Comet ISON: A Timeline of This Year's Sungrazing Spectacle

The Hubble Space Telescope captured this view of Comet ISON, C/2012 S1 (ISON), on May 8, 2013. This annotated view shows the comet's scale and direction of movement.
The Hubble Space Telescope captured this view of Comet ISON, C/2012 S1 (ISON), on May 8, 2013 as it streaked between the orbits of Jupiter and Mars at 48,000 mph. This annotated view shows the comet's scale and direction of motion. (Image credit: NASA, ESA, and the Hubble Heritage Team (STScI/AURA))

The sungrazing Comet ISON could put on a dazzling display when it slingshots around Earth's star this November.

If the icy dust ball doesn't get ripped apart by extreme solar forces, some astronomers have said it could be the "comet of the century," possibly shining brightly enough to be seen during the daytime.

ISON began its dangerous journey toward the inner solar system about 10,000 years ago, when it left a distant band of icy space rocks in the Oort cloud. But scientists and skywatchers only became aware of ISON last year. Here's a look at what scientists have learned about the comet since then, and what to expect in the months and days ahead. [Photos of Comet ISON: A Potentially Great Comet]

September 2012: Discovery

The discovery of Comet ISON, officially known as C/2012 S1, was announced on Sept. 24, 2012. Russian amateur astronomers Vitali Nevski and Artyom Novichonok detected it in the dim constellation of Cancer (The Crab), through photographs taken days earlier using a 15.7-inch (0.4 meters) reflecting telescope of the International Scientific Optical Network (ISON), near Kislovodsk.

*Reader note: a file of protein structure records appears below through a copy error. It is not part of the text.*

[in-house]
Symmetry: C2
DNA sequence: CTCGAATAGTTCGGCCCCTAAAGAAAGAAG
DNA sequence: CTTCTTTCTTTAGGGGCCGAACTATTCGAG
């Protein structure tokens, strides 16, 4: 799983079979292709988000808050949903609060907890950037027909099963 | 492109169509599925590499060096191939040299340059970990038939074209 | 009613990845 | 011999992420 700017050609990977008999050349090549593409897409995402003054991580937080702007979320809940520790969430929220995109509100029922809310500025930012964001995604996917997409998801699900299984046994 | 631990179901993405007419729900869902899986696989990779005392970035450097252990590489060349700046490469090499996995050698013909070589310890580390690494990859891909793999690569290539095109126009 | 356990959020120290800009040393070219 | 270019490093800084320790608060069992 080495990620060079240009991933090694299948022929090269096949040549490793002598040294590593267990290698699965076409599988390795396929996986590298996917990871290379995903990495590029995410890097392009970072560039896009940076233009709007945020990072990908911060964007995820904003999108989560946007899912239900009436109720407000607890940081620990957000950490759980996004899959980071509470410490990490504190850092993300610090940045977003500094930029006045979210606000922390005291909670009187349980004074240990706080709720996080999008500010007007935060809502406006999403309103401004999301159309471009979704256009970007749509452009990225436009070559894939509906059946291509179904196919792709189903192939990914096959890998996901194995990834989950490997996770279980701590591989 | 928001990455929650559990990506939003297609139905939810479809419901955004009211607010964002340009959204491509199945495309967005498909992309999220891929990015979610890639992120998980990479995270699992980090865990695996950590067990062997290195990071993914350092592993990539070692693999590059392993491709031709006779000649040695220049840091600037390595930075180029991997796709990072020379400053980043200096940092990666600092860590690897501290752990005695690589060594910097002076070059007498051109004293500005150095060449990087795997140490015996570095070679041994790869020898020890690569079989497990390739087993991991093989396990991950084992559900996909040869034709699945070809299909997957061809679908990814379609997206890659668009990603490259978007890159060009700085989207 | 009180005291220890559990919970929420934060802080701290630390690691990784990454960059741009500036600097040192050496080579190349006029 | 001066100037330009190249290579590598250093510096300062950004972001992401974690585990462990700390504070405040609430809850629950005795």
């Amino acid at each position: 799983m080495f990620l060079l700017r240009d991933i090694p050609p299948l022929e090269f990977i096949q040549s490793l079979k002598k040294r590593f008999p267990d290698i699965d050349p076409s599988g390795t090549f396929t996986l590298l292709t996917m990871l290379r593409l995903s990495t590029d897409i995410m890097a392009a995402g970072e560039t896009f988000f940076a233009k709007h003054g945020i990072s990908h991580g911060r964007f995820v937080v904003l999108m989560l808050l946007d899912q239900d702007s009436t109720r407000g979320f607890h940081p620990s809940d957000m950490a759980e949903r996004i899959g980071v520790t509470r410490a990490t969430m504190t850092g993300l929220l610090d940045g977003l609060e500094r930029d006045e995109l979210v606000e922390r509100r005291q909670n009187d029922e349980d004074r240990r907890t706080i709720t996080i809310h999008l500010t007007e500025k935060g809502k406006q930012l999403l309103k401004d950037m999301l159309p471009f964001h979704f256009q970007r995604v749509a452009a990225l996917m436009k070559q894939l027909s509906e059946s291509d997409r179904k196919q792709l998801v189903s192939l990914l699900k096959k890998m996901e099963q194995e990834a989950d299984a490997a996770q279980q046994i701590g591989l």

At that time, Comet ISON was estimated to be 625 million miles (1 billion kilometers) from Earth and 584 million miles (939 million km) from the sun.

January 2013: Space-based sightings

NASA's comet-chasing Deep Impact probe — which has watched the flybys of icy wanderers like Tempel 1 and Hartley 2 — spotted ISON streaking across the night sky in mid-January.

Then, in late January, NASA's Swift Telescope turned its gaze toward ISON when the comet was 460 million miles (740 million km) away from the sun. The space agency unveiled the photo in March. The Swift data showed that ISON had not been shedding much water at that point — just 130 pounds (59 kilograms) each minute, compared to about 112,000 pounds (50,800 kg) per minute of dust, likely from evaporating carbon dioxide or carbon monoxide ice.

April 2013: Hubble sees ISON's small core

NASA's Hubble Space Telescope captured an image of ISON on April 10, 2013, when the comet was 386 million miles (621 million km) from the sun — slightly closer than Jupiter. Hubble data helped scientists see that the comet's nucleus is surprisingly small — no more than 3 or 4 miles (4.8 to 6.5 km) across.

Meanwhile, ISON's dusty head, or coma, is about 3,100 miles (5,000 km) wide, dragging a tail longer than 57,000 miles (92,000 km). Hubble also observed the comet in May and early July. [Comet ISON's Path Through The Inner Solar System (Video)]

June 2013: Spotted by Spitzer

NASA's Spitzer Space Telescope observed ISON when the comet was 310 million miles (498 million km) away from the sun, but the data have not yet been released, space agency officials have said.

July-August 2013: Frost line crossing

Here's when things will start to get dicey for ISON. The comet is expected to pass the so-called frost line in late July or early August, according to NASA. At this boundary, some 230 to 280 million miles (370 to 450 million km) from the sun, the comet will be bombarded with enough radiation to make more of its water evaporate; ISON should then appear brighter. Some comets have not survived their frost line crossing.

Late August 2013: Back in view from Earth